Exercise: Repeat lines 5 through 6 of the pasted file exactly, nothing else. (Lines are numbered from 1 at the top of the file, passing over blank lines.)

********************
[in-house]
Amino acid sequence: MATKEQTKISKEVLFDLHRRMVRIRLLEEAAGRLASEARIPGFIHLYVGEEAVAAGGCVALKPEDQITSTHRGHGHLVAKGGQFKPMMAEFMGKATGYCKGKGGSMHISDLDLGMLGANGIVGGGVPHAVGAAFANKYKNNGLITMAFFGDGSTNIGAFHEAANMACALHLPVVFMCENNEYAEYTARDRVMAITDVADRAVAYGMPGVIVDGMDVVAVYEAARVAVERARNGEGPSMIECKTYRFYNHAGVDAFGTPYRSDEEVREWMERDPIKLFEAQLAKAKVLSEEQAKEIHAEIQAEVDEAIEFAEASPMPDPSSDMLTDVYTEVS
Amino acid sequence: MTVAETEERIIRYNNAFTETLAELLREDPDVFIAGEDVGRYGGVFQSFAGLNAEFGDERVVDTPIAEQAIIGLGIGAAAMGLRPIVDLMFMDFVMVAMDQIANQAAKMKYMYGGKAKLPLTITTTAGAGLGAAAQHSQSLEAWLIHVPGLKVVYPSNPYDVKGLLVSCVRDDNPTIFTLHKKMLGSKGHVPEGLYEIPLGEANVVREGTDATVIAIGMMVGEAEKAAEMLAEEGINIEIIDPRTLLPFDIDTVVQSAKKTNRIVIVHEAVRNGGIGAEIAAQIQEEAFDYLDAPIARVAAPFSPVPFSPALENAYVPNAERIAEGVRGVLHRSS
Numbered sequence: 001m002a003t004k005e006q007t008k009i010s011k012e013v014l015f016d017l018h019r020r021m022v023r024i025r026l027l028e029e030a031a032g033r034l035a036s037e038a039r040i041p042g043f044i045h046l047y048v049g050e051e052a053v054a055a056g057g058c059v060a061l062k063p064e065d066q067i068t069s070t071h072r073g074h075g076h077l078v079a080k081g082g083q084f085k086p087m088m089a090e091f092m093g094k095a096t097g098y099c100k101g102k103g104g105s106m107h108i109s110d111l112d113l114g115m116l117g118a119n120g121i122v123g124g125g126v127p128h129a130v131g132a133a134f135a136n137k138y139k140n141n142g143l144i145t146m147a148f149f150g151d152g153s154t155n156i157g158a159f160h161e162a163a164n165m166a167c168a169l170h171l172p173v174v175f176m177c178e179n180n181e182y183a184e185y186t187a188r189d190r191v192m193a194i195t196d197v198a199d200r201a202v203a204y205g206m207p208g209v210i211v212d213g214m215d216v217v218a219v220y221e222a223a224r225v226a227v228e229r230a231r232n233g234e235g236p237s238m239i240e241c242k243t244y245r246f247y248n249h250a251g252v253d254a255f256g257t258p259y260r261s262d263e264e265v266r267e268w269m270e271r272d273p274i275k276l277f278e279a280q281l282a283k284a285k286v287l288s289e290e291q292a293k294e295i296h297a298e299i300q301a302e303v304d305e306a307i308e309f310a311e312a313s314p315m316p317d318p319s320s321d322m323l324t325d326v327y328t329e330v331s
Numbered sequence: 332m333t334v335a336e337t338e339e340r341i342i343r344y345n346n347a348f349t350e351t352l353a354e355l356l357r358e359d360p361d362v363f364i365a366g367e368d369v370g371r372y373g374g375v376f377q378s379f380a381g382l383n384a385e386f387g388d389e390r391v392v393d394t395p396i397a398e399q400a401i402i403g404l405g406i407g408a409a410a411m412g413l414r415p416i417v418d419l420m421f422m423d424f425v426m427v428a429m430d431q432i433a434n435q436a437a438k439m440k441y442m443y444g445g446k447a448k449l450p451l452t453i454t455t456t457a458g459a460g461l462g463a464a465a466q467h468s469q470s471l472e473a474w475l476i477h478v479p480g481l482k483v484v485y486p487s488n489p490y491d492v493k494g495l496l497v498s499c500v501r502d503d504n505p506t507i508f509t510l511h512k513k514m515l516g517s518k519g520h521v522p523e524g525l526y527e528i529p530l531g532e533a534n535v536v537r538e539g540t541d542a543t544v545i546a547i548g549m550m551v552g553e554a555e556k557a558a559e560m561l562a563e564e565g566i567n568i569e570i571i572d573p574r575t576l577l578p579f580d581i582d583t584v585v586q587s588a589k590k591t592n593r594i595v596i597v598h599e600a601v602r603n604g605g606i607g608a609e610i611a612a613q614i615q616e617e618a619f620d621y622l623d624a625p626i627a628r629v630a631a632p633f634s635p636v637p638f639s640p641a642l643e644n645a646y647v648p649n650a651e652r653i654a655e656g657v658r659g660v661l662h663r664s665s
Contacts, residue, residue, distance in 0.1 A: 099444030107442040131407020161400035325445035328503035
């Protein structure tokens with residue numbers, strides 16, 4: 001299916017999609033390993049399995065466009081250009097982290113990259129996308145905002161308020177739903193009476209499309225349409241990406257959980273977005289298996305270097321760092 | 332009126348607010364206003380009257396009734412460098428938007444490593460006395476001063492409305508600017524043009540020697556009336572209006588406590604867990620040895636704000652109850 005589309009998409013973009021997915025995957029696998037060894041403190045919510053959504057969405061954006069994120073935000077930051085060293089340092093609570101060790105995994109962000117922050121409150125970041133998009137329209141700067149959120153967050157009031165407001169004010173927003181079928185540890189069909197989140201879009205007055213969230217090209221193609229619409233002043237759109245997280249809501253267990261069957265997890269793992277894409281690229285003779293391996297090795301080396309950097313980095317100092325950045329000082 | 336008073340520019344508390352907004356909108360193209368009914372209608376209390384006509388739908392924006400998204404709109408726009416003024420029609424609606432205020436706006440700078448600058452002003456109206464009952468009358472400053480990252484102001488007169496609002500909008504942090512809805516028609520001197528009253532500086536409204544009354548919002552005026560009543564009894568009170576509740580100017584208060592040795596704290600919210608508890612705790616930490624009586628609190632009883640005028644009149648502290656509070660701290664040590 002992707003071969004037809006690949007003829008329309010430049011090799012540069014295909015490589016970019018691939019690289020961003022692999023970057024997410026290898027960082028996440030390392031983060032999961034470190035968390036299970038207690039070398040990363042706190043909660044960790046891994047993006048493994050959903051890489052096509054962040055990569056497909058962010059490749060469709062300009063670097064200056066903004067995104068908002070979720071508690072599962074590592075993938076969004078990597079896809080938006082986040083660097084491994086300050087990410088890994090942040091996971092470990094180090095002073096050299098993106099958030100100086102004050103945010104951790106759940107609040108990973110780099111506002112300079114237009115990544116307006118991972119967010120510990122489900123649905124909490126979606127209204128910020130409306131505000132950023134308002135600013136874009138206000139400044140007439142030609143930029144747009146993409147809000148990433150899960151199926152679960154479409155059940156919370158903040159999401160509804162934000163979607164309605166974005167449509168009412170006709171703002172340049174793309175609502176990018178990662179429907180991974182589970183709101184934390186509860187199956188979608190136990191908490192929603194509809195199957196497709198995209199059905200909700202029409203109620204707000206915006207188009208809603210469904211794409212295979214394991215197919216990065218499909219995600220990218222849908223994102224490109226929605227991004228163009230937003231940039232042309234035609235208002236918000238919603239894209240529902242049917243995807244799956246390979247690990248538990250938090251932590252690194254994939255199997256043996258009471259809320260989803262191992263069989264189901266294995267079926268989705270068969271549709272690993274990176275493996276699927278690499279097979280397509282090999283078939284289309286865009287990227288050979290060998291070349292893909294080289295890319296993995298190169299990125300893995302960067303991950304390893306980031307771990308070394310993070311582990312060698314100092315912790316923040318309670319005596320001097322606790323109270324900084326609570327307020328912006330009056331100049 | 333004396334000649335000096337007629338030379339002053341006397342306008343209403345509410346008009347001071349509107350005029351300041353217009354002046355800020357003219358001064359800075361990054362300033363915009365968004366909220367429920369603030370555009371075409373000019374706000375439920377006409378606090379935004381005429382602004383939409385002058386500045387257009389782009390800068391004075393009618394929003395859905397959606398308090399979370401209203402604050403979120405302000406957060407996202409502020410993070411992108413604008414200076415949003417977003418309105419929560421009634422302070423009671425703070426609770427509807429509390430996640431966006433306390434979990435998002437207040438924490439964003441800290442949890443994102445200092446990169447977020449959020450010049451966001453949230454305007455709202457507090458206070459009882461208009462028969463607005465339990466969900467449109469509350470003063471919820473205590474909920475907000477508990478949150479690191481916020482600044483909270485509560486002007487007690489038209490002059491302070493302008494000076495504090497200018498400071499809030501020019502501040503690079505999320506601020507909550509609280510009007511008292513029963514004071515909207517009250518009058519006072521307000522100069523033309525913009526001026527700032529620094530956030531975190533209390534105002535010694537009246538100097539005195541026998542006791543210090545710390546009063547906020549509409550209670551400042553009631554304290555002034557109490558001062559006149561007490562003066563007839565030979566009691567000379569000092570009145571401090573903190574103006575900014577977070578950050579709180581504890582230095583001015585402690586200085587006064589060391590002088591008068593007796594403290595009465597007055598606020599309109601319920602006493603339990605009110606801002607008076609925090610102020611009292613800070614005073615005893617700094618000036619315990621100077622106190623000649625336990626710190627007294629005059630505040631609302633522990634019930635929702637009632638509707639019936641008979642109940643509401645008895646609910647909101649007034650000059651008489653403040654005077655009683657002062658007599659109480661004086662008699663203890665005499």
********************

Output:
Numbered sequence: 332m333t334v335a336e337t338e339e340r341i342i343r344y345n346n347a348f349t350e351t352l353a354e355l356l357r358e359d360p361d362v363f364i365a366g367e368d369v370g371r372y373g374g375v376f377q378s379f380a381g382l383n384a385e386f387g388d389e390r391v392v393d394t395p396i397a398e399q400a401i402i403g404l405g406i407g408a409a410a411m412g413l414r415p416i417v418d419l420m421f422m423d424f425v426m427v428a429m430d431q432i433a434n435q436a437a438k439m440k441y442m443y444g445g446k447a448k449l450p451l452t453i454t455t456t457a458g459a460g461l462g463a464a465a466q467h468s469q470s471l472e473a474w475l476i477h478v479p480g481l482k483v484v485y486p487s488n489p490y491d492v493k494g495l496l497v498s499c500v501r502d503d504n505p506t507i508f509t510l511h512k513k514m515l516g517s518k519g520h521v522p523e524g525l526y527e528i529p530l531g532e533a534n535v536v537r538e539g540t541d542a543t544v545i546a547i548g549m550m551v552g553e554a555e556k557a558a559e560m561l562a563e564e565g566i567n568i569e570i571i572d573p574r575t576l577l578p579f580d581i582d583t584v585v586q587s588a589k590k591t592n593r594i595v596i597v598h599e600a601v602r603n604g605g606i607g608a609e610i611a612a613q614i615q616e617e618a619f620d621y622l623d624a625p626i627a628r629v630a631a632p633f634s635p636v637p638f639s640p641a642l643e644n645a646y647v648p649n650a651e652r653i654a655e656g657v658r659g660v661l662h663r664s665s
Contacts, residue, residue, distance in 0.1 A: 099444030107442040131407020161400035325445035328503035